I am trying to solve equations which looks like this:

$$ T_{ab} - T_{bc} = a_1 T_{ab} + a_2 T_{ac} + a_3 T_{bc}, $$

where $T_{xy}$ are tensors. I want to get the $a_i$'s (in this simple example $a_1=1$, $a_2=0$, $a_3=-1$).

The problem is that the Mathematica solving routines (Solve, LinearSolve) divide the equation by $T_{xy}$ to obtain a solution (or solutions), which is (or some of them are), in turn, not a solution (solutions).

What I tried to circumvent this problem: I know (from the construction of my equation) that all $a_i$'s are element $\{-1,0,1\}$. So I tried to set the domain to integers. But this gives me lots of condidtional solutions (like if Tab=integer, then...) which I don't want.

Of course I could solve the above example equation by hand, but in the end I will need to solve a few hundred equations of this type with 70 tensors or so.

Thanks in advance for any attempt to help me!


  • $\begingroup$ You appear to misunderstand basic Mathematica syntax. Start learning documentation on the new tensor functionality in ver.9. For earlier versions this post might be helpful: How to calculate scalar curvature Ricci tensor and Christoffel symbols in Mathematica?. For solving matrix equations see e.g. General form of a linear transformation. $\endgroup$
    – Artes
    Nov 19, 2013 at 10:53
  • $\begingroup$ No, I do not misunderstand basic Mathematica syntax. But, what you couldn't know: I am working with an older special package that forces me to use Mathematica 8 and a special syntax. (And I necessarily need that package.) $\endgroup$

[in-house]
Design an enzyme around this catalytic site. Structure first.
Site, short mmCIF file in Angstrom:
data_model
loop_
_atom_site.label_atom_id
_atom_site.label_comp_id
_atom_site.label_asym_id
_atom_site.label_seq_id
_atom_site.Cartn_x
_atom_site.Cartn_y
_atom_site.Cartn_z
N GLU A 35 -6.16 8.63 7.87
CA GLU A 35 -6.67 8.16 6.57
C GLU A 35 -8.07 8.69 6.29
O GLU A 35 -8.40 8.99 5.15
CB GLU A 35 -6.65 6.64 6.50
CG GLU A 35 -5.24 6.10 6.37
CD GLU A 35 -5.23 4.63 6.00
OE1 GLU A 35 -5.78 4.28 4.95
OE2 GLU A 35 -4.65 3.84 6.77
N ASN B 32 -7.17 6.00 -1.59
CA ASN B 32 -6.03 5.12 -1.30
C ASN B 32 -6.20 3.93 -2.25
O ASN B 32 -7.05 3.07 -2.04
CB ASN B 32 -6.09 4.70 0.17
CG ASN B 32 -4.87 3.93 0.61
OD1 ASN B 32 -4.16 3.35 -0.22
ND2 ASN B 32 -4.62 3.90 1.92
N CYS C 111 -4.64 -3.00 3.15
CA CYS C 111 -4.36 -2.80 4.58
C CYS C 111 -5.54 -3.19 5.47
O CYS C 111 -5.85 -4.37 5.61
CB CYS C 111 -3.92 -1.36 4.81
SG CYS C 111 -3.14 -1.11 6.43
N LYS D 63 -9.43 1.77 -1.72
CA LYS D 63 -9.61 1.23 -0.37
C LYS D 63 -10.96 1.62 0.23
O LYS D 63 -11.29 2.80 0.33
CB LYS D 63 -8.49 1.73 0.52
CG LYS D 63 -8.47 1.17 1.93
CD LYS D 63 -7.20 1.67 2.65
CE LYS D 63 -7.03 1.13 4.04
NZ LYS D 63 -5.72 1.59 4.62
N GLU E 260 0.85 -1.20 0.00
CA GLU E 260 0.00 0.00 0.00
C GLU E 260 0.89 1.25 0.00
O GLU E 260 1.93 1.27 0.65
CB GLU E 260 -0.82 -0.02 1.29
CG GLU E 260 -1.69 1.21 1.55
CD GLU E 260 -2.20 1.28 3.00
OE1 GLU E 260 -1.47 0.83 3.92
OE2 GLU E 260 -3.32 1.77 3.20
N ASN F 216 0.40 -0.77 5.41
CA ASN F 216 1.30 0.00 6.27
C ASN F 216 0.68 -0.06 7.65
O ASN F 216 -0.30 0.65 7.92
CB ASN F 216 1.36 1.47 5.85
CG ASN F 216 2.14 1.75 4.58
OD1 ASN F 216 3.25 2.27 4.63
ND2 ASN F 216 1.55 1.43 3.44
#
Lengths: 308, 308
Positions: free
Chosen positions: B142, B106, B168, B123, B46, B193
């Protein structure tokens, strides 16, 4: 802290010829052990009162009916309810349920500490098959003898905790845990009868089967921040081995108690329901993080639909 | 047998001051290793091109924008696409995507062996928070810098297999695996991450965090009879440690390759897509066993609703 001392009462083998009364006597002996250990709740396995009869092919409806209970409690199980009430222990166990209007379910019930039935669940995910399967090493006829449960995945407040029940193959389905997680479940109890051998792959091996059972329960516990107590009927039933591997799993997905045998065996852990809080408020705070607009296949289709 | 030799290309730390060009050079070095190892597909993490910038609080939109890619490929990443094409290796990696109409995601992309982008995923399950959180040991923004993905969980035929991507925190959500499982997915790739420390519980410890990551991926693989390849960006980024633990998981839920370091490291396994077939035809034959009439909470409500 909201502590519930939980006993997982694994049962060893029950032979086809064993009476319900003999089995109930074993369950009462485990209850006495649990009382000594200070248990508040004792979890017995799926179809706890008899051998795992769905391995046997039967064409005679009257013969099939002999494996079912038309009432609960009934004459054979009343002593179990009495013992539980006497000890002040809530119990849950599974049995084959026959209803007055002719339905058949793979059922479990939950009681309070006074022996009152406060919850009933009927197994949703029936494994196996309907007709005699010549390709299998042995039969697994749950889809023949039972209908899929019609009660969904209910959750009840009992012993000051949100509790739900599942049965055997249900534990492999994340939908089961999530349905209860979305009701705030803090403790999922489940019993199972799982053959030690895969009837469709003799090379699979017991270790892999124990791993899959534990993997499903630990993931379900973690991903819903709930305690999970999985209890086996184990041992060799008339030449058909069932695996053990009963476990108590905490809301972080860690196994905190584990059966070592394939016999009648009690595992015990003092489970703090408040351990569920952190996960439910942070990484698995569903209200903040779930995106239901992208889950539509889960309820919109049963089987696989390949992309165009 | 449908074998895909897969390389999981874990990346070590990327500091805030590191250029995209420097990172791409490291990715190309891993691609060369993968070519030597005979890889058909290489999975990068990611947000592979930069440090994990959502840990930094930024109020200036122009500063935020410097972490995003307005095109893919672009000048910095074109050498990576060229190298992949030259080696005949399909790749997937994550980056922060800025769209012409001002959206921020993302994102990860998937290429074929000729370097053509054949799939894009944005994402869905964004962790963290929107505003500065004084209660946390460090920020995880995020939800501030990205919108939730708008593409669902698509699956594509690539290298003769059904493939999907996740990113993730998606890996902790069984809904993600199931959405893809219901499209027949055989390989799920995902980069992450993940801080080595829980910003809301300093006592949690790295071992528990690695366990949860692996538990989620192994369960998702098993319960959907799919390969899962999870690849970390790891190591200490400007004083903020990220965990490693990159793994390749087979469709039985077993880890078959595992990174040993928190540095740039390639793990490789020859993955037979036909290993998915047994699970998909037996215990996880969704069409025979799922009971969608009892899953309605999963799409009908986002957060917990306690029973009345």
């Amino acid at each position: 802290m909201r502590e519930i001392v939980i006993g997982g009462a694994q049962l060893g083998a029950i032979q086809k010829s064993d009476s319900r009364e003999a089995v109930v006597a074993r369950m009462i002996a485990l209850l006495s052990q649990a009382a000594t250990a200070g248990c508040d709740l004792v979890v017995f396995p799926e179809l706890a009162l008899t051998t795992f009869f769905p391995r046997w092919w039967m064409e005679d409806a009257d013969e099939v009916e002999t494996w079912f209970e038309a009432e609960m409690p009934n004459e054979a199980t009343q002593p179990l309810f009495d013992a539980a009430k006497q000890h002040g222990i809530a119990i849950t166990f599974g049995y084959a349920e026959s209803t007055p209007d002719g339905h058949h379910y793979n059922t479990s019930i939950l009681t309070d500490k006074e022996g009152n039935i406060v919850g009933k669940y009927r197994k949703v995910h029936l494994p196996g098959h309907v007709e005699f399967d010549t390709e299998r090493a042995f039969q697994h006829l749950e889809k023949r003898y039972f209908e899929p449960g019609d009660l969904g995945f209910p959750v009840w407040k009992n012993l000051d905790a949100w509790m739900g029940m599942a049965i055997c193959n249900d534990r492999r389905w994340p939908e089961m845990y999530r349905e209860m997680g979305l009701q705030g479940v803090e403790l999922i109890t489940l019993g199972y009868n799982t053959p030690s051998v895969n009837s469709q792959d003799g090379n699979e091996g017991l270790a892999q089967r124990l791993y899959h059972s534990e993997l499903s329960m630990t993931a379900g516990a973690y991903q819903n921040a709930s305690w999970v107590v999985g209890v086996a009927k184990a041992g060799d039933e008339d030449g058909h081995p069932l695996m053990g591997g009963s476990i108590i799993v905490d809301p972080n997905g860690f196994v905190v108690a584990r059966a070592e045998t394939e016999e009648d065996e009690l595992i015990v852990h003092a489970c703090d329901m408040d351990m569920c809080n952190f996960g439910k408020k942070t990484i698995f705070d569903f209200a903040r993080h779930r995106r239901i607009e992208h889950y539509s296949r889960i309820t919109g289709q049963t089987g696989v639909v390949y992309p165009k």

– user201018
    Nov 19, 2013 at 12:03
  • $\begingroup$ Really ? So why don't you use correct Mathematica notation, but something like a_1 , a_2 etc? $\endgroup$
    – Artes
    Nov 19, 2013 at 12:22
  • $\begingroup$ In my Mathematica code I write T[a,b] and a[i] etc. I just wanted to give an as simple as possible example that illustrates my problem. In the future, I'll not change the notation, or should I? $\endgroup$
    – user201018
    Nov 19, 2013 at 13:30
  • 1
    $\begingroup$ You should always provide valid Mathematica code. So if you have different notation in your notebook you can edit your question to make it correct. By the way I didn't vote down your question, I find questions on tensors interesting. $\endgroup$
    – Artes
    Nov 19, 2013 at 14:38

2 Answers 2


I don't think you need to use any specific tensor functionality. SolveAlways seems to suffice:

SolveAlways[ T1 - T3 == a1 T1 + a2 T2 + a3 T3, {T1, T1, T3} ]
(* => {{a1 -> 1, a2 -> 0, a3 -> -1}} *)
  • $\begingroup$ This solution works fine unless you have large equations. Then Mathematica needs an tremendous amount of memory. So you need to "help" Mathematica... the following worked for me (basically, I split up the "tensor" eq into one equation for each tensor): $\endgroup$
    – user201018
    Nov 25, 2013 at 10:19
  • $\begingroup$ I created a new answer due to the length limit for the comments. $\endgroup$
    – user201018
    Nov 25, 2013 at 10:26

please read the comment below the answer that I marked as solved

 (* put all the terms to one side of the eq *)
tensorEq = -(T1 - T3) + 
  a1 T1 + a2 T2 + a3 T3
(* collect the terms that belong together *)
tensorTermsList = 
 Apply[List, Collect[tensorEq, {T1, T2, T3}]]
(* set the terms individually to 0 *)
tensorEqsList = 
 Table[tensorTermsList[[i]] == 0, {i, 1, Length[tensorTermsList]}]
(* now we can give the full list to SolveAlways, SolveAlways can 
handle a large number of simple equations *)
sol = 
 SolveAlways[tensorEqsList, {T1, T2, T3}][[1]]

Your Answer

By clicking “Post Your Answer”, you agree to our terms of service and acknowledge you have read our privacy policy.

Not the answer you're looking for? Browse other questions tagged or ask your own question.